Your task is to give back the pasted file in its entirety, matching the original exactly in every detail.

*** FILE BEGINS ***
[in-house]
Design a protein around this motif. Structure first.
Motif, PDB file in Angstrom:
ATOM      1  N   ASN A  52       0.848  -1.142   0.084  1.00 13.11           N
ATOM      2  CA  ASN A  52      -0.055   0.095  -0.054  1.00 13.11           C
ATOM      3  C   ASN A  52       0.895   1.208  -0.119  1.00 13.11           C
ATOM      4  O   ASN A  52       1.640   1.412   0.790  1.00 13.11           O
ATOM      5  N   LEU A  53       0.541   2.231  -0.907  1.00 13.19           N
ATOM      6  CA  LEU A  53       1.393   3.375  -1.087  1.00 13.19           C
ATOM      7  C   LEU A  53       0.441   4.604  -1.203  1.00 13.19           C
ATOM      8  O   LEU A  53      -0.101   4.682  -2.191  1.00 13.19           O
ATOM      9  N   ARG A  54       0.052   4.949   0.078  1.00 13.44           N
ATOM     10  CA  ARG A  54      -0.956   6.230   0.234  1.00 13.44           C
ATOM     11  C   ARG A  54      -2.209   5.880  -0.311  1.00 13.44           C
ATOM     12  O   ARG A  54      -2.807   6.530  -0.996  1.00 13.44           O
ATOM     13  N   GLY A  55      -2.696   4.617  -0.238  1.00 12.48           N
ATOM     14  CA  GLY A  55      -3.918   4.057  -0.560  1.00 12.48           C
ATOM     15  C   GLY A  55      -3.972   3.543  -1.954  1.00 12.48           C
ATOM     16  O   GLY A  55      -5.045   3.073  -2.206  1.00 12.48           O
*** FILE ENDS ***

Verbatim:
[in-house]
Design a protein around this motif. Structure first.
Motif, PDB file in Angstrom:
ATOM      1  N   ASN A  52       0.848  -1.142   0.084  1.00 13.11           N
ATOM      2  CA  ASN A  52      -0.055   0.095  -0.054  1.00 13.11           C
ATOM      3  C   ASN A  52       0.895   1.208  -0.119  1.00 13.11           C
ATOM      4  O   ASN A  52       1.640   1.412   0.790  1.00 13.11           O
ATOM      5  N   LEU A  53       0.541   2.231  -0.907  1.00 13.19           N
ATOM      6  CA  LEU A  53       1.393   3.375  -1.087  1.00 13.19           C
ATOM      7  C   LEU A  53       0.441   4.604  -1.203  1.00 13.19           C
ATOM      8  O   LEU A  53      -0.101   4.682  -2.191  1.00 13.19           O
ATOM      9  N   ARG A  54       0.052   4.949   0.078  1.00 13.44           N
ATOM     10  CA  ARG A  54      -0.956   6.230   0.234  1.00 13.44           C
ATOM     11  C   ARG A  54      -2.209   5.880  -0.311  1.00 13.44           C
ATOM     12  O   ARG A  54      -2.807   6.530  -0.996  1.00 13.44           O
ATOM     13  N   GLY A  55      -2.696   4.617  -0.238  1.00 12.48           N
ATOM     14  CA  GLY A  55      -3.918   4.057  -0.560  1.00 12.48           C
ATOM     15  C   GLY A  55      -3.972   3.543  -1.954  1.00 12.48           C
ATOM     16  O   GLY A  55      -5.045   3.073  -2.206  1.00 12.48           O